Mechanical Engineering

Animatronic design challenge takes to the water

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Research News

Stanford mechanical engineering students demonstrate their autonomous, battery-powered waterfowl.

Slug: 
Animatronic Design Takes to the Water
Short Dek: 
Engineering students demonstrate their self-propelled waterfowl.

If it paddles like a duck, glides like a duck and moves its head, wings or tail feathers like a duck, it must be an entry in Stanford Engineering’s duck-amatronics event.

Last modified Tue, 18 Mar, 2014 at 15:17

Mechanical engineer helps eye doctors turn smart phone into diagnostic tool

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Research News

In this interdisciplinary project, graduate student Alexandre Jais turned out quick prototypes on his 3D printer at home.

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Field Tool for Eye Exams
Short Dek: 
Engineer collaborates with opthamologists to turn smart phone into diagnostic tool.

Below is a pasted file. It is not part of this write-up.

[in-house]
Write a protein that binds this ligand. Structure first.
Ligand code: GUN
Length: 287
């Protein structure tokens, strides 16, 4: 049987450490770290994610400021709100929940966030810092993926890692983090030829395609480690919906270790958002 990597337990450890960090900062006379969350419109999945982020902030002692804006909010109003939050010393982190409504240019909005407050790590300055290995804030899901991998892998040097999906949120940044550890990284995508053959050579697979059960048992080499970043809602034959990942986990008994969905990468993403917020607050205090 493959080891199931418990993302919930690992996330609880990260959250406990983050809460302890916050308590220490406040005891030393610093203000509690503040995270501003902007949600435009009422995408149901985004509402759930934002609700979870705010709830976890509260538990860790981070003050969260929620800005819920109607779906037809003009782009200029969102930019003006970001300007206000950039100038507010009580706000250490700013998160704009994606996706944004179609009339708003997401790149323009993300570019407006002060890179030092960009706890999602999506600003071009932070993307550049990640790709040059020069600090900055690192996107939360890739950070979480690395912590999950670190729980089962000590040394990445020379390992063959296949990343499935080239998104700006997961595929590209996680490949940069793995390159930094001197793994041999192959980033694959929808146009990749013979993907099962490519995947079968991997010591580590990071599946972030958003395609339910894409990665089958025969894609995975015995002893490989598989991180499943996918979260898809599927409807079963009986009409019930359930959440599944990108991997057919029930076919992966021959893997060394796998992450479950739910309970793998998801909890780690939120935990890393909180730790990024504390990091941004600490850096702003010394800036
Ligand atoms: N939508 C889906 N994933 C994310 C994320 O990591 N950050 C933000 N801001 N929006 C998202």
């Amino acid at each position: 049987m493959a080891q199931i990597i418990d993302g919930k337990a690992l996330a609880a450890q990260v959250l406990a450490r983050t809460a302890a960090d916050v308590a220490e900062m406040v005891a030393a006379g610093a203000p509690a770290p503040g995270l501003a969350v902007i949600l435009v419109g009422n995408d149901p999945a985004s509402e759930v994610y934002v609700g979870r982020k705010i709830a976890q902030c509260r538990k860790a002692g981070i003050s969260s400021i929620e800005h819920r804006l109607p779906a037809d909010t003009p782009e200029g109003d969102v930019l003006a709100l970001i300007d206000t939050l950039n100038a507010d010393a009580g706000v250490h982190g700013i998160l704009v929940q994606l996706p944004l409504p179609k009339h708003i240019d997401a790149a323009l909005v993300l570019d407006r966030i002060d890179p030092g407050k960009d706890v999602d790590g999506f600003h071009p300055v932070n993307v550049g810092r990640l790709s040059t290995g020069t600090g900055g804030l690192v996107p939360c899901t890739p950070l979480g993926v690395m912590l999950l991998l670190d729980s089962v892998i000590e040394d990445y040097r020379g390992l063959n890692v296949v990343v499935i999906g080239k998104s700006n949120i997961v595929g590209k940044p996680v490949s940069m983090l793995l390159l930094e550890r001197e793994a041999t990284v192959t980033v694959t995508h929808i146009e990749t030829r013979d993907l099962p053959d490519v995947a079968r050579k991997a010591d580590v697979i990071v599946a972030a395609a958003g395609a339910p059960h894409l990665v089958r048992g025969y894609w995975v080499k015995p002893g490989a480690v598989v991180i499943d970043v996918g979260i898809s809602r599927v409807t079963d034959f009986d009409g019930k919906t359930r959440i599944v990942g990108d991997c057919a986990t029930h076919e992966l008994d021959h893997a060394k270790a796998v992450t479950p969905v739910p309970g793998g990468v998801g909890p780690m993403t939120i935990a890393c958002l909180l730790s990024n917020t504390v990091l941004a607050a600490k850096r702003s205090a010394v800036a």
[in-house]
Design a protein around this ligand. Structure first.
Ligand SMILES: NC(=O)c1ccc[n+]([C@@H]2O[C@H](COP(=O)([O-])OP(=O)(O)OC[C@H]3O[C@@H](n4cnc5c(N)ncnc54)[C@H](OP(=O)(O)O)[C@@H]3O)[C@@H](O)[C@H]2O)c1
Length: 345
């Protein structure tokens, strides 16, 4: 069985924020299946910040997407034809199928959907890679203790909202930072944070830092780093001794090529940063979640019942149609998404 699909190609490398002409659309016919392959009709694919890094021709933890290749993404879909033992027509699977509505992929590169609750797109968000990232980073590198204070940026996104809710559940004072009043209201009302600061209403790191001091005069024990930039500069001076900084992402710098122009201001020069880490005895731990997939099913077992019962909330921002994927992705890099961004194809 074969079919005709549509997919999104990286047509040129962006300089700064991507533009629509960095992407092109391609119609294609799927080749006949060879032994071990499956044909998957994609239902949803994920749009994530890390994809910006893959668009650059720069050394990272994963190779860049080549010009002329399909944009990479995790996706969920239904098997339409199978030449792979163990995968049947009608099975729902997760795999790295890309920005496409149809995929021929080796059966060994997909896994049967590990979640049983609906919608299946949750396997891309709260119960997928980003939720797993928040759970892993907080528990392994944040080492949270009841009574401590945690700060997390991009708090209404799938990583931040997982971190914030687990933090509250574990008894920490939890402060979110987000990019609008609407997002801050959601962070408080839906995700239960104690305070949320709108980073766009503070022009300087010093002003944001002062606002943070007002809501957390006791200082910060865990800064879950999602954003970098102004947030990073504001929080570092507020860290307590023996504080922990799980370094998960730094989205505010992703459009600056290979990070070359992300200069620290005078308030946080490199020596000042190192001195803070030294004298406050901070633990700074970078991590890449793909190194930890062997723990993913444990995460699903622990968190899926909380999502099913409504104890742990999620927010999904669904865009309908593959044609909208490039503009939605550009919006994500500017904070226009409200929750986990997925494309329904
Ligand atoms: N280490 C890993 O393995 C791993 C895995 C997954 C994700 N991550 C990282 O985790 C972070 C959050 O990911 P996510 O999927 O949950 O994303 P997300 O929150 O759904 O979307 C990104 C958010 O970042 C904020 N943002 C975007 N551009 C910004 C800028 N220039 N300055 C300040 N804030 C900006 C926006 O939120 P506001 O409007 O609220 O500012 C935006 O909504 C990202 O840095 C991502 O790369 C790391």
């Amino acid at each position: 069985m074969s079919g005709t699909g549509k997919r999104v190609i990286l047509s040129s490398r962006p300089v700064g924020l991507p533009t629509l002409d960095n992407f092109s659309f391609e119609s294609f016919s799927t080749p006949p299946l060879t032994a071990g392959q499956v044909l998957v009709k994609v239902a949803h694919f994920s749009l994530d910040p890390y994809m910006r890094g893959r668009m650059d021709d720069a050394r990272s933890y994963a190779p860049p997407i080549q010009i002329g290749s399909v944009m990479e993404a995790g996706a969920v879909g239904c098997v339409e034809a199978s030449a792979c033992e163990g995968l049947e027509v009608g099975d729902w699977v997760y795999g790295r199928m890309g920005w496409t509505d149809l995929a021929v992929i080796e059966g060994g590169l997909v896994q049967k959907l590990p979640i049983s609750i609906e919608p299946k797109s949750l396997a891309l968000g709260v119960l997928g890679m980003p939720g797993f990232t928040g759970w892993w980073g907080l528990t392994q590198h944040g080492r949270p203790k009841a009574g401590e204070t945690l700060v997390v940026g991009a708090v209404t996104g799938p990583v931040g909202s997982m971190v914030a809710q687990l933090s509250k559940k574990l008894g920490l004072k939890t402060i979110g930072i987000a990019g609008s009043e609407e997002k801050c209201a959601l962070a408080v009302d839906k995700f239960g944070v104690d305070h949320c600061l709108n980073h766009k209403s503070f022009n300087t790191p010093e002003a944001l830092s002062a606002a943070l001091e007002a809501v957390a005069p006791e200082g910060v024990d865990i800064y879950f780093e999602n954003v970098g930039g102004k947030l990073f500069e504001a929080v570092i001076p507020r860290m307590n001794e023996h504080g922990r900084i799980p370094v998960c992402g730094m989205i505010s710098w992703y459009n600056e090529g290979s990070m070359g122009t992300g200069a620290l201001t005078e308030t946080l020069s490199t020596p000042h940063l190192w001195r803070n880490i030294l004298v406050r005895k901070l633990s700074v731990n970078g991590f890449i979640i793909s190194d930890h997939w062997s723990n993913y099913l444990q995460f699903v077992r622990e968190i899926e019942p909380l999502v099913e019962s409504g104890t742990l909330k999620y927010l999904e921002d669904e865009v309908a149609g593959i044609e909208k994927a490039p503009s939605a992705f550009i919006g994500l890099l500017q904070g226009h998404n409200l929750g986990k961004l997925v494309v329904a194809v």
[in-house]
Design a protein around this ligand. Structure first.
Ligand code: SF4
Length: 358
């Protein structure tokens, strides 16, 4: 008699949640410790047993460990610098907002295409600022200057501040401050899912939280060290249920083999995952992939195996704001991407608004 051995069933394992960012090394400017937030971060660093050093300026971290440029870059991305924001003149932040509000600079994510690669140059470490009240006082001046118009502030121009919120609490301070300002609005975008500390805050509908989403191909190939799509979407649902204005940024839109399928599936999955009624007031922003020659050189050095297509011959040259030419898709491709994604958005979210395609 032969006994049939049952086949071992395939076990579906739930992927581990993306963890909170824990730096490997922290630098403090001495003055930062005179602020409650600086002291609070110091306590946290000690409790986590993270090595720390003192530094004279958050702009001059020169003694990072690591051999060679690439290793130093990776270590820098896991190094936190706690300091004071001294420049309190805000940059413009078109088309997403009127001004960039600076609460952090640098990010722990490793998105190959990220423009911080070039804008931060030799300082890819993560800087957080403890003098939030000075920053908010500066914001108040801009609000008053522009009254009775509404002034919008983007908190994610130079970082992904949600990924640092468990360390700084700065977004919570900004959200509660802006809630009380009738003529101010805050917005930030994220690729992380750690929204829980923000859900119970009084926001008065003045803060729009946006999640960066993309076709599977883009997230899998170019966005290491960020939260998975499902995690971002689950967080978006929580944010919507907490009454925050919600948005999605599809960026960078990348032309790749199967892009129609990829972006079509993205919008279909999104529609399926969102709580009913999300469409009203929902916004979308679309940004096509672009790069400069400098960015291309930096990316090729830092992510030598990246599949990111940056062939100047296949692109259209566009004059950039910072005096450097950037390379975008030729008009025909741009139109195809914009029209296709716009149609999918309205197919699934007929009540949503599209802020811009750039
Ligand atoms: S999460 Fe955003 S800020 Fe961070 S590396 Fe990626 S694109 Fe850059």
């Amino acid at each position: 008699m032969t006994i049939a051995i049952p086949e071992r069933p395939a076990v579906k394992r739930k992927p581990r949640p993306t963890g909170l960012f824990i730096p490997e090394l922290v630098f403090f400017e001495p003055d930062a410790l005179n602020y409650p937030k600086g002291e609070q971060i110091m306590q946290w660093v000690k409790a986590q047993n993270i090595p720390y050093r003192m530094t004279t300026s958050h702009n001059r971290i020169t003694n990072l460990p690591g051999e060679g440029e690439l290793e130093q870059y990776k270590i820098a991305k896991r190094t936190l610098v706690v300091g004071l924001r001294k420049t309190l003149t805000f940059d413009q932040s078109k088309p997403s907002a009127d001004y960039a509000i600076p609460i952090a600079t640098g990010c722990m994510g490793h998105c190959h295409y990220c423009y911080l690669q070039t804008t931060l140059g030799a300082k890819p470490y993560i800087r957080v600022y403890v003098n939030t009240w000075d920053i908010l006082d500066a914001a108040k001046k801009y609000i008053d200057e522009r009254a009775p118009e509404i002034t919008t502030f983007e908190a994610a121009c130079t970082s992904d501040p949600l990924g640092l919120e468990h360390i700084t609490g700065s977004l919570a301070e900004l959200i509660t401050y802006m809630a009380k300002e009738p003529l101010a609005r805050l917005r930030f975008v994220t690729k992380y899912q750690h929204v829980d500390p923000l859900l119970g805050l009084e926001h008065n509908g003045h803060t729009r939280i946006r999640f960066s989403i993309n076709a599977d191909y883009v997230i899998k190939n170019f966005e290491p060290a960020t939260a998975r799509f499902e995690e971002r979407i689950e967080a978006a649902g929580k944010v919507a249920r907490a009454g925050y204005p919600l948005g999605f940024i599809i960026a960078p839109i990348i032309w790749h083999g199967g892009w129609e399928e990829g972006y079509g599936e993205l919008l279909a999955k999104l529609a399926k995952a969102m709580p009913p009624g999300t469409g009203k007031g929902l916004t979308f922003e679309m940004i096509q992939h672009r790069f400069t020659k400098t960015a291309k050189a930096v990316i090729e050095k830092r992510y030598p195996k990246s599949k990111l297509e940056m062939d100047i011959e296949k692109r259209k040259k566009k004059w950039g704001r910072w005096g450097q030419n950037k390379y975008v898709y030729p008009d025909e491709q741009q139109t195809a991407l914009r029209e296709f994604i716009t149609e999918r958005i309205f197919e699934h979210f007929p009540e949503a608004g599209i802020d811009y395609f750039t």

Stanford engineers love to solve real world problems, and one recent example of this arises from a story about how researchers at Stanford Medical School turned a smartphone into an inexpensive tool for doing eye examinations in the field.

Last modified Wed, 16 Apr, 2014 at 14:25

Stanford engineers brave the 'vomit comet' to improve astronauts' heart health

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Research Profile

When humans go into space, the reduced gravity can weaken the heart's ability to pump hard in response to a crisis. Stanford student researchers are developing a simple device to monitor an astronaut's heart function, and have flown in near-zero gravity to show that it works.

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Astronaut Heart Health
Short Dek: 
Device measures heart function in near-zero gravity.

The human heart was not meant to pump in space.

Early astronauts in the Apollo program performed every conceivable physical test to ensure that they were each at the pinnacle of human fitness. And yet, when they returned to Earth after just a few days in space, they felt dizzy when standing and tests showed that each beat of their heart pumped less blood than it had before the mission.

Last modified Wed, 16 Apr, 2014 at 12:28